Vaz: No clear-cut path for Ja in Venezuela oil deal
Several hurdles will have to be overcome before Jamaica can receive the first barrel of oil under a reported oil deal between Venezuela and Trinidad and Tobago, which was brokered by the United States and under which the island stands to benefit,...
Several hurdles will have to be overcome before Jamaica can receive the first barrel of oil under a reported oil deal between Venezuela and Trinidad and Tobago, which was brokered by the United States and under which the island stands to benefit, according to Energy Minister Daryl Vaz.
Among the obstacles is a claim filed against the Government of Jamaica by the Venezuelan oil subsidiary PDV Caribe, demanding that it be paid a minimum of US$50 million (J$6.5 billion) in core share value as compensation for the forcible takeover of its 49 per cent stake in the local refinery Petrojam.
When the claim was filed, The Gleaner was told that it included supplementary add-ons in relation to dividends and prospective value that could bring the total compensation package sought to US$250 million (J$32.5 billion).
The matter is still unresolved.
“I have now been briefed, and the fact of the matter is there is still a lot of moving parts. So it would be premature for me to say anything in detail because a lot depends on what Petróleos de Venezuela SA (PDVSA) is prepared to do as it relates to Jamaica. Remember that we do have outstanding issues with them,” Vaz told The Gleaner yesterday.
PDV Caribe is a subsidiary of PDVSA, which is Venezuela's state-owned oil producer.
News surfaced late last month of the US-brokered deal giving Trinidad and Tobago a licence to develop a Venezuelan off-shore gas field.
A Reuters report quoted Trinidad and Tobago Prime Minister Keith Rowley saying, “A portion of the resulting gas must be exported to Jamaica and the Dominican Republic, according to the two-year licence's terms.”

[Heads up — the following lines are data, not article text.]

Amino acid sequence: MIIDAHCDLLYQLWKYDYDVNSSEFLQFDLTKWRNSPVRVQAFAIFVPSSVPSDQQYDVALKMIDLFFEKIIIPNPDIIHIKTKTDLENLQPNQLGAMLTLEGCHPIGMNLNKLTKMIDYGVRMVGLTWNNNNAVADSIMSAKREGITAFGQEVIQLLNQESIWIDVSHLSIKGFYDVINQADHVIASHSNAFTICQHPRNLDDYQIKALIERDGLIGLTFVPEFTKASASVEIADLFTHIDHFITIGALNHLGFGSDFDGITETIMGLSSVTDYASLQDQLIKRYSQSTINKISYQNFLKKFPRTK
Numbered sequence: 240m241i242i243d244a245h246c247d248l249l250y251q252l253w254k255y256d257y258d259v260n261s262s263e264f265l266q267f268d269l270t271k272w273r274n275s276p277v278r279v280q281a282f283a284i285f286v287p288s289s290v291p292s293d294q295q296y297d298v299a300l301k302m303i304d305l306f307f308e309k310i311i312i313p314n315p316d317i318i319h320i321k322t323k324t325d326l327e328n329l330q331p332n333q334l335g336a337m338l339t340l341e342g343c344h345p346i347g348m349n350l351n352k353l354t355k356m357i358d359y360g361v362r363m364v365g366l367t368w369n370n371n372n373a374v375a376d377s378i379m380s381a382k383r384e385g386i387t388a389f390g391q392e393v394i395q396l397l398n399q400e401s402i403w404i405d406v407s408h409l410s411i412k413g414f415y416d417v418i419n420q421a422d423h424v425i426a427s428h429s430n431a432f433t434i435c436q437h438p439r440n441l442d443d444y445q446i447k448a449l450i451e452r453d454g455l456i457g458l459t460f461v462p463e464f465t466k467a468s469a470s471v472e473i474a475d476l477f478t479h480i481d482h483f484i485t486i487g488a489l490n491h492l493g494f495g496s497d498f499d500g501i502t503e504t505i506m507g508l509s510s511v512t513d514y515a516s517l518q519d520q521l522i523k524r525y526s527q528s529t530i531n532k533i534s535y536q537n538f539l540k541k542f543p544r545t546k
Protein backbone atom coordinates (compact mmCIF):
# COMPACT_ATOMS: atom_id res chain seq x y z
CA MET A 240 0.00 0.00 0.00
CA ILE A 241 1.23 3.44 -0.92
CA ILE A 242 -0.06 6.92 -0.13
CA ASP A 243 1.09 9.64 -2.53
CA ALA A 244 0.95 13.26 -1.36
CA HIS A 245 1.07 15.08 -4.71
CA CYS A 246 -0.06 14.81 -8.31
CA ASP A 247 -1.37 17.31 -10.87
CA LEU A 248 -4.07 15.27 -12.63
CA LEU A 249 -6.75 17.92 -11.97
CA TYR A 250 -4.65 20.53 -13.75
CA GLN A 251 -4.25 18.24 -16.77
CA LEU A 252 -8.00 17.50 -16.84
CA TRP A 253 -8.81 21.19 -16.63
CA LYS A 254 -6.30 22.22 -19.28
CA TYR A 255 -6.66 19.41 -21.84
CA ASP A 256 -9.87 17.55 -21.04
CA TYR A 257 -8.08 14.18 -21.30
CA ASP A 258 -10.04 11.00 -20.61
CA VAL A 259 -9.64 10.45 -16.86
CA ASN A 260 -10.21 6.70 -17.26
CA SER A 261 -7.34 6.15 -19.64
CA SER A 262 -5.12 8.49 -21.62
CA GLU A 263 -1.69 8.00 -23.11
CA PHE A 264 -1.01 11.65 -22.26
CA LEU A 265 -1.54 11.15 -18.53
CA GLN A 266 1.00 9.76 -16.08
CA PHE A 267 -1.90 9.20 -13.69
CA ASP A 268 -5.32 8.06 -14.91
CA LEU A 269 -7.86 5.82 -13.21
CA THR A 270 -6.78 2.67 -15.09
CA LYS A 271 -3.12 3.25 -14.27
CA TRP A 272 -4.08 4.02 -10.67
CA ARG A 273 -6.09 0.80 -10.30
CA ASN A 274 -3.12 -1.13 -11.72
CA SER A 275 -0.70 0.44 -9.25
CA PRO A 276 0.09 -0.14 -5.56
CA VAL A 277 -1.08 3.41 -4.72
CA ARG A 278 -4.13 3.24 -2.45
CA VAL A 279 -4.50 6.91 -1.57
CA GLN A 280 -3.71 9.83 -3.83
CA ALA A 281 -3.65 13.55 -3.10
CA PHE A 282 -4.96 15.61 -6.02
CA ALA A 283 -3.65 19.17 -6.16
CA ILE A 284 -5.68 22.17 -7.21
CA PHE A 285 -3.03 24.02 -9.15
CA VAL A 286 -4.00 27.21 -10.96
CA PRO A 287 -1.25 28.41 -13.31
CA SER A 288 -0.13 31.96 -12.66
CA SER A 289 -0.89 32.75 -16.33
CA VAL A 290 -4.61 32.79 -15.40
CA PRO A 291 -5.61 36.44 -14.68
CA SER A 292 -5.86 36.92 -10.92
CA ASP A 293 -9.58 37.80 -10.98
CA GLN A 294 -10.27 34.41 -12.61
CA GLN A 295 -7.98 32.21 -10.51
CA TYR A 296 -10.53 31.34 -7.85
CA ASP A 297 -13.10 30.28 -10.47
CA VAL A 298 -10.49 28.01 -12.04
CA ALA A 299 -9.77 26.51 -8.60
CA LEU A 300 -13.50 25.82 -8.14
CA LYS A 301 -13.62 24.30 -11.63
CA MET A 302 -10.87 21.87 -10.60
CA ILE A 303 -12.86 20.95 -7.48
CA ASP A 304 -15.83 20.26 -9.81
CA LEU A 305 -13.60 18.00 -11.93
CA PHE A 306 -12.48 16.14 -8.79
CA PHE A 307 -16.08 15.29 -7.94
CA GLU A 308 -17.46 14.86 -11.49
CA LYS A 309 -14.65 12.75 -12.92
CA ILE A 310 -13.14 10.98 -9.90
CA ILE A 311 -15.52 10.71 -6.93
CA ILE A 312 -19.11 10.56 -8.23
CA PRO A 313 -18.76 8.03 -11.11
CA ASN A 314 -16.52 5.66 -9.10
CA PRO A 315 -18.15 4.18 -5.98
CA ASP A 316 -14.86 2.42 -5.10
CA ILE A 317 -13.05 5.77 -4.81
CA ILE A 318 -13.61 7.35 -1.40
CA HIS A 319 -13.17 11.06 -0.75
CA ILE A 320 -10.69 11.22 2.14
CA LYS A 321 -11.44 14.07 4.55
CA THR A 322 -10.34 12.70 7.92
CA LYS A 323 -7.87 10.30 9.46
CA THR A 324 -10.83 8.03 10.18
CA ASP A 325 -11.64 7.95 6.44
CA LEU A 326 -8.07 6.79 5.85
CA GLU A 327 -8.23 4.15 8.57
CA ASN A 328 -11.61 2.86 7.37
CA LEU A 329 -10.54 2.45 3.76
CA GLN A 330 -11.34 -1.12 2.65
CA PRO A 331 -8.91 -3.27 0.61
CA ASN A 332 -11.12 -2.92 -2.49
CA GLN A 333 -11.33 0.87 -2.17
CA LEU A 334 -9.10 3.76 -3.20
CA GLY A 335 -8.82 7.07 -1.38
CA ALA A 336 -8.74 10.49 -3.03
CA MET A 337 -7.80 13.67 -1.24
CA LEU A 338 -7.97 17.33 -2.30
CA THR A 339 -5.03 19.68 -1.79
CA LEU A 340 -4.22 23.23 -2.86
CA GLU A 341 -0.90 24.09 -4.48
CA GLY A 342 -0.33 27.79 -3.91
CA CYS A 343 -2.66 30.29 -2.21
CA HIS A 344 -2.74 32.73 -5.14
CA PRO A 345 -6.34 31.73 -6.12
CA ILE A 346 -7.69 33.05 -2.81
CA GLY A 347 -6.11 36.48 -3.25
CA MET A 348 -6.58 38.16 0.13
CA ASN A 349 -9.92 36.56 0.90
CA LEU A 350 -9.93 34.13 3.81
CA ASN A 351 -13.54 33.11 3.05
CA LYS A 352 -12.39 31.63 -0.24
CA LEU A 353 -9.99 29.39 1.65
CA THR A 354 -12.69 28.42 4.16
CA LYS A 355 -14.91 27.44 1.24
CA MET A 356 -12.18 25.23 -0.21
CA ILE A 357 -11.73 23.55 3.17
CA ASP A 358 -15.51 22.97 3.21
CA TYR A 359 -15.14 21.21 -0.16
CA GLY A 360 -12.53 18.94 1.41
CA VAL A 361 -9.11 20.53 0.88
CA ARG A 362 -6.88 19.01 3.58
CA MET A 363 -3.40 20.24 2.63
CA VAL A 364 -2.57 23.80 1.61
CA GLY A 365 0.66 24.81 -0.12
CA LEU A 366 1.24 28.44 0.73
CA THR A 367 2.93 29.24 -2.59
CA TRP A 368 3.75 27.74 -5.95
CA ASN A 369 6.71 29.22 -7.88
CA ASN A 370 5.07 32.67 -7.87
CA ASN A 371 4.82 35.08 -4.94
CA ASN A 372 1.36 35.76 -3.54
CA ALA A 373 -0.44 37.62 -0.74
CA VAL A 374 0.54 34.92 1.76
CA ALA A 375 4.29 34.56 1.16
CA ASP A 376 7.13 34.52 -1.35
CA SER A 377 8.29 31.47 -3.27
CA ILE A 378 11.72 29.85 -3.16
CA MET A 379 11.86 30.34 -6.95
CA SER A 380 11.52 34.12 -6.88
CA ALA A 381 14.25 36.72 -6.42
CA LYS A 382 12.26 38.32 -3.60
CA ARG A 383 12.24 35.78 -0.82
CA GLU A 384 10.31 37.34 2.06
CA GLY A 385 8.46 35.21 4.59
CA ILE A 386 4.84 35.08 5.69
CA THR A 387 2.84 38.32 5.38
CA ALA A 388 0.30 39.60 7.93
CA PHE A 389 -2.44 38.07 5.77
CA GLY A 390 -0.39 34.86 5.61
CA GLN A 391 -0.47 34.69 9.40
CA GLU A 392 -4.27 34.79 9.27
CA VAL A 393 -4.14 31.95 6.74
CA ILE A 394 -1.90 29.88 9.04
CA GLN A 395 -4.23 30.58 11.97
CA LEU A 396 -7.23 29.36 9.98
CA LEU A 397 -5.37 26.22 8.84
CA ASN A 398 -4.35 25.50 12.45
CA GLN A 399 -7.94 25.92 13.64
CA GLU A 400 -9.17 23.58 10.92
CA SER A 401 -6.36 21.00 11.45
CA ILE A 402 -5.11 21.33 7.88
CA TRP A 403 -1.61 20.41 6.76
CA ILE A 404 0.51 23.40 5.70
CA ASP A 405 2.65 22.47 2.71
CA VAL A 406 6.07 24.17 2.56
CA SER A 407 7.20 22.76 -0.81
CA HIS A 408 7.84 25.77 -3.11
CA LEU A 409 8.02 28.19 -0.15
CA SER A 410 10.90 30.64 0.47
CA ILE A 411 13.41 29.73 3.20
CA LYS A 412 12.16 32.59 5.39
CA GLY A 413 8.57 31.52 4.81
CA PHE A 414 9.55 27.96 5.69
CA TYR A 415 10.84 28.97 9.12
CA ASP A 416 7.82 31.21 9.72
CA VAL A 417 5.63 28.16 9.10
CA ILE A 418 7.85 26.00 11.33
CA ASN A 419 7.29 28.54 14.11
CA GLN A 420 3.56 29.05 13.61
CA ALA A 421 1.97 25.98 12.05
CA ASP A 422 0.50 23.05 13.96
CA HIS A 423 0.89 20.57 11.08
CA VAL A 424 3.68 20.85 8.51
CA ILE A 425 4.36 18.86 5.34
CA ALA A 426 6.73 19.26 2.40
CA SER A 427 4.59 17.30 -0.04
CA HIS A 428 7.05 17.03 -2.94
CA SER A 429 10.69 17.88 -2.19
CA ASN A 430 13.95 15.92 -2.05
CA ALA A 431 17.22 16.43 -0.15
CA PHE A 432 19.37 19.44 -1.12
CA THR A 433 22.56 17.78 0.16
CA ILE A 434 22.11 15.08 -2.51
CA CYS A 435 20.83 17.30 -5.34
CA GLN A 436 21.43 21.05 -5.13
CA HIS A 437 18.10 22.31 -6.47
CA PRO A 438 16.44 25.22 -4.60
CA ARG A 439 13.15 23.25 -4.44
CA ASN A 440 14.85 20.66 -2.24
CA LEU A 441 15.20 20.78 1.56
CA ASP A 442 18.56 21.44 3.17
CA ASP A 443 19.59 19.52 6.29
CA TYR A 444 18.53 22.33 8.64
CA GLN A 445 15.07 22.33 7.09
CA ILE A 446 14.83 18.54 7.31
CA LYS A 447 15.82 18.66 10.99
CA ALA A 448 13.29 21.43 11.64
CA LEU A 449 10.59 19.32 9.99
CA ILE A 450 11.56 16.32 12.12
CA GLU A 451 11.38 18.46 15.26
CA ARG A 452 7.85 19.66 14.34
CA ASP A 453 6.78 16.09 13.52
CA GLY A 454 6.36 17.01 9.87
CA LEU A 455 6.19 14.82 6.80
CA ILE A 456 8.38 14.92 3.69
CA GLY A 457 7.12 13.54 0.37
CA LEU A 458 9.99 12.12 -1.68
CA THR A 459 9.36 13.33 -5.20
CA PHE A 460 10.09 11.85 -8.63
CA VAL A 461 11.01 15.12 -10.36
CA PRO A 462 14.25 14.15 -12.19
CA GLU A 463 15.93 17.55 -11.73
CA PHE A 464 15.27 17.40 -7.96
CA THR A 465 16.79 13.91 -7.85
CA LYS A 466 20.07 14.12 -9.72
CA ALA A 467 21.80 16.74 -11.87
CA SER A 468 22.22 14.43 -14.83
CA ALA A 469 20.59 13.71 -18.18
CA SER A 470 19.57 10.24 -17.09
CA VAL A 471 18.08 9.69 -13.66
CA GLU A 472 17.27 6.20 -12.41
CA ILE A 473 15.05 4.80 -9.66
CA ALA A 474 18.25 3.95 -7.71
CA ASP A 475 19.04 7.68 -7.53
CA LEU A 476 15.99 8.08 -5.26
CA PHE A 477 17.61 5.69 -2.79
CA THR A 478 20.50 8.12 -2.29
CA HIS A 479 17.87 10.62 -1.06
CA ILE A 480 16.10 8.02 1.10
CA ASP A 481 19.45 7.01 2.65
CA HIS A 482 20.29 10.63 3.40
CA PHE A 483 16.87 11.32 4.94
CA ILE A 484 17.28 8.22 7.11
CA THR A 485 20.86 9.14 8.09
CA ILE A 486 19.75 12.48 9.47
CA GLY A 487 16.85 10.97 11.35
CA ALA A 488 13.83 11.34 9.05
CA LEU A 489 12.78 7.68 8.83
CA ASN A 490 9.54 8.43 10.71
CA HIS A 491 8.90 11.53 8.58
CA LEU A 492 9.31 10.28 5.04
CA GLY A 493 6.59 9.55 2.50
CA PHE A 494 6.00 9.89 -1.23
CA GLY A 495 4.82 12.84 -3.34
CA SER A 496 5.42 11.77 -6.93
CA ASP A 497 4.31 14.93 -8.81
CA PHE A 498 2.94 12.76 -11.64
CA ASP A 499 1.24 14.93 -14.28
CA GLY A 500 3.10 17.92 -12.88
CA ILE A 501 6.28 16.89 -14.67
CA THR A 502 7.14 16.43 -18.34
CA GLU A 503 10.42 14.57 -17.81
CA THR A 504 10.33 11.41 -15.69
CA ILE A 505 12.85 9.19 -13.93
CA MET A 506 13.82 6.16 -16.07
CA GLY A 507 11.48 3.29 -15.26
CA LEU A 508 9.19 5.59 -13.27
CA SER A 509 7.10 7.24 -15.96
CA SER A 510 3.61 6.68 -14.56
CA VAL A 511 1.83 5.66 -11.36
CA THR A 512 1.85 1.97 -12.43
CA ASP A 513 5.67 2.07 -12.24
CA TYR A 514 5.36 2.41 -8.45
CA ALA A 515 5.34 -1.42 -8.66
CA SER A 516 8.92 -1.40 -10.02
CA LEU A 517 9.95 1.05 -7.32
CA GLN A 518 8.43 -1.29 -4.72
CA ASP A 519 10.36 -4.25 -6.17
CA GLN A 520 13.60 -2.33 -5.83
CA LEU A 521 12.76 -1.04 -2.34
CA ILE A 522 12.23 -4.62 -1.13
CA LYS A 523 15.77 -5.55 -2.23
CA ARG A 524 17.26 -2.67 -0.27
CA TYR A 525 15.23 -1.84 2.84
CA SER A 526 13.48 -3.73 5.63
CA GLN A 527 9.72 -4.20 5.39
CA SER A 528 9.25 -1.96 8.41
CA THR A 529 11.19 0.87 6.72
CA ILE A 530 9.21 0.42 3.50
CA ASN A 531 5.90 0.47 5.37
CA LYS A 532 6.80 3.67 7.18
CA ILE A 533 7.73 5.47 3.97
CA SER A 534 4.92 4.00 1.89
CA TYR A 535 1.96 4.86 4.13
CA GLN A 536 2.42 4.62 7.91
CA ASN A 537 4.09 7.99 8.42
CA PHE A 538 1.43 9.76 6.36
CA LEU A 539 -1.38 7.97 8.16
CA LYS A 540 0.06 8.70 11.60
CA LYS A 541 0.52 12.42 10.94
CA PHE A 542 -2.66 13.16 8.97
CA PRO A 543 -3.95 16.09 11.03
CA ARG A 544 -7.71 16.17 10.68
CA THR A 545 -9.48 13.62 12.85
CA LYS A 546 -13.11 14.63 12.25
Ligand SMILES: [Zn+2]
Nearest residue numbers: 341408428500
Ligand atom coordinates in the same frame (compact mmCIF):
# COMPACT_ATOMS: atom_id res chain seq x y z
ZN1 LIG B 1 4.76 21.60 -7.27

But reacting to the report two weeks ago, Vaz indicated then that he was unaware of the agreement.
“The deal is encouraging,” he told The Gleaner on Wednesday, “but the announcement, in itself, doesn't speak to the intricacies involved, so it is in a very preliminary stage, and I will keep you informed as soon as I have better particulars in terms of how the discussions proceed.”
He added: “If all works out, which is the end result, it will be very good for Jamaica, but I would hate to get anybody's hopes up at this time, given that there are a lot of moving parts, not only in relation to Jamaica and Venezuela, but, of course, the sanctions that remain. Payment will have to be a big part of that. In other words, how would you conduct business?” he said.
The proposed arrangement would bar Jamaica from having a bilateral agreement with Venezuela.
The US had previously sanctioned the Nicolás Maduro-led government during former US President Donald Trump's tumultuous tenure.
In 2019, backed by the United States and Western governments that claimed Maduro's re-election to be illegitimate, Juan Guaidó declared himself interim president and leader of a parallel government. He was recognised by more than 50 countries.
While Jamaica never formally endorsed Guaidó's “presidency”, its political support of the arrangement was clear.